Consortia Join Forces To Bid For European GPS Network

Two consortia bidding to build Europe's $4 billion Galileo satellite navigation system have joined forces on the project after the selection organization failed to choose between them.
LONDON — The two consortia bidding to build Europe's Euro 3.2 billion ($3.9 billion) Galileo satellite navigation system have joined forces on a joint bid after the organization set up by the European Commission and the continent's space agency failed to choose between them.

The decision brings to a head a long running saga after the Galileo Joint Undertaking (GJU) body said it could not separate the two bidders and urged them to pool their offers.

The two bidders are iNavSat, created by Thales of France, the Franco-German defence group EADS and Inmarsat; and the Eurely consortium spearheaded by Alcatel of France and Finmeccanica of Italy, along with Aena and Hispasat of Spain.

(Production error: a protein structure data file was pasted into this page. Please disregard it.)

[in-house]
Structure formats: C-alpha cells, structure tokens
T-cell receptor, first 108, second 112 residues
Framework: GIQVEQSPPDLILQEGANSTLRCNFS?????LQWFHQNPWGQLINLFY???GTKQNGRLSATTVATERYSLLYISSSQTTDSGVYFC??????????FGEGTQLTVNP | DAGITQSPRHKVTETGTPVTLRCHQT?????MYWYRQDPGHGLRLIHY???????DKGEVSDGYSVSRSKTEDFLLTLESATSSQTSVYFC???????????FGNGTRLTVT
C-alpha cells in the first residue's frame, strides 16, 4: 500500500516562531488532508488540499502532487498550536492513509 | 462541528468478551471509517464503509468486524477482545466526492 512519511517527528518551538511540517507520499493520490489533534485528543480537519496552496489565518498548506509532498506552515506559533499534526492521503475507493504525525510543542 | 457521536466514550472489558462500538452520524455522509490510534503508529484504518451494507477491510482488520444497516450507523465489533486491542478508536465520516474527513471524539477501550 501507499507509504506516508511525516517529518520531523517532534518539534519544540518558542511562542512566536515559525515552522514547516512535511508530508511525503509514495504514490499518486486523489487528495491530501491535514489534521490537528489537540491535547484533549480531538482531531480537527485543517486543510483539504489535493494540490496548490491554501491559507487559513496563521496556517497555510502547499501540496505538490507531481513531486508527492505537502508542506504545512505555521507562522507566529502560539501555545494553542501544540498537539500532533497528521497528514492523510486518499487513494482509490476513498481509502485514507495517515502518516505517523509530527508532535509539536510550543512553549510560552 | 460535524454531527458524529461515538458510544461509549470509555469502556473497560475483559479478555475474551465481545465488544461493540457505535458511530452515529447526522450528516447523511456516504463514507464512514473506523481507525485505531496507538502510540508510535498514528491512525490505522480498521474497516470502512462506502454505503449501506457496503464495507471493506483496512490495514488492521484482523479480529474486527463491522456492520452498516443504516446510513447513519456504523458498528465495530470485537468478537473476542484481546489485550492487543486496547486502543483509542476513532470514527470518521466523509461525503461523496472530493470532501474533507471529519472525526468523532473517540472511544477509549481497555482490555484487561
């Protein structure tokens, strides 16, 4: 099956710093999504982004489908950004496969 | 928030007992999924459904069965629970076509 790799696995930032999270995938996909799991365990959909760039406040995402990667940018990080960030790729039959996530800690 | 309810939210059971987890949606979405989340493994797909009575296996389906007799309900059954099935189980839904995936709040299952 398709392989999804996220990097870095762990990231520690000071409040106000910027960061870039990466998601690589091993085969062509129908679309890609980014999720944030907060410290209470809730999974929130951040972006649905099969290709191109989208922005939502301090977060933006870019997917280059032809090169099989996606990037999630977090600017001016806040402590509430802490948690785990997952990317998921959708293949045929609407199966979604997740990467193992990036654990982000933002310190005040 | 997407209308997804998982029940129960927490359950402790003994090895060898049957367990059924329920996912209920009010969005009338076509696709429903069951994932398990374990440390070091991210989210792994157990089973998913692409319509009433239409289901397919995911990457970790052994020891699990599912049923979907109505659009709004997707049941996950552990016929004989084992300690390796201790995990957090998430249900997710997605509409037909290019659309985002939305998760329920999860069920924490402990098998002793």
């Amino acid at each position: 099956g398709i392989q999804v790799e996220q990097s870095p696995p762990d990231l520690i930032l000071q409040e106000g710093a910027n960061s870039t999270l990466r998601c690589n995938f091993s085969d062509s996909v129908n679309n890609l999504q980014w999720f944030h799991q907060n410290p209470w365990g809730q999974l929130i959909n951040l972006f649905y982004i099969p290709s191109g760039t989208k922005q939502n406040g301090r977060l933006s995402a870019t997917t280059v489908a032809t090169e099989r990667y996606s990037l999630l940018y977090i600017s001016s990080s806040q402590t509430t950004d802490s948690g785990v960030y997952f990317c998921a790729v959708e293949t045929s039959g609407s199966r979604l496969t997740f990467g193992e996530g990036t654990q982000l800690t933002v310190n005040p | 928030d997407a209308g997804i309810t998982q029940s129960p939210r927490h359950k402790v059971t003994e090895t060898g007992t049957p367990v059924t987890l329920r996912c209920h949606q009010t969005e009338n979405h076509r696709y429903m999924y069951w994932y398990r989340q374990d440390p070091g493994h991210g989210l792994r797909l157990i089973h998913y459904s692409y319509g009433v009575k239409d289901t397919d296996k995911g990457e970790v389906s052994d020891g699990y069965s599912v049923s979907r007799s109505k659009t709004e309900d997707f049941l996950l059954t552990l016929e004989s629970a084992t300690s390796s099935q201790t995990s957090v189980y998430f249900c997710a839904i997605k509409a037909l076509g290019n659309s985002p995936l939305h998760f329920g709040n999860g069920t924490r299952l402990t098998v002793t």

The companies said in a joint statement that by combining their efforts they would "significantly reduce the contributions of European taxpayers". However, they did not outline how they would share control of the project, nor whether the long-time favorite to be lead contractor, EADS, would be chosen to play that role.

The general counsellor for the GJU, Hans Peter Marchlewski, said the individual bids are still on the table, but that the combined proposal represents a way through the impasse. The joint bid is to be scrutinized over the next few weeks.

"It [the joint proposal] has to show that this is better value for the public than the existing two proposals and that such better value can only be reached is there is such a joint proposal. Without our agreement, they cannot merge," said Marchlewski.

The European Union (EU) is hoping Galileo will not only provide an alternative to the Pentagon-controlled GPS network but also tap into growing demand for satellite communications services.

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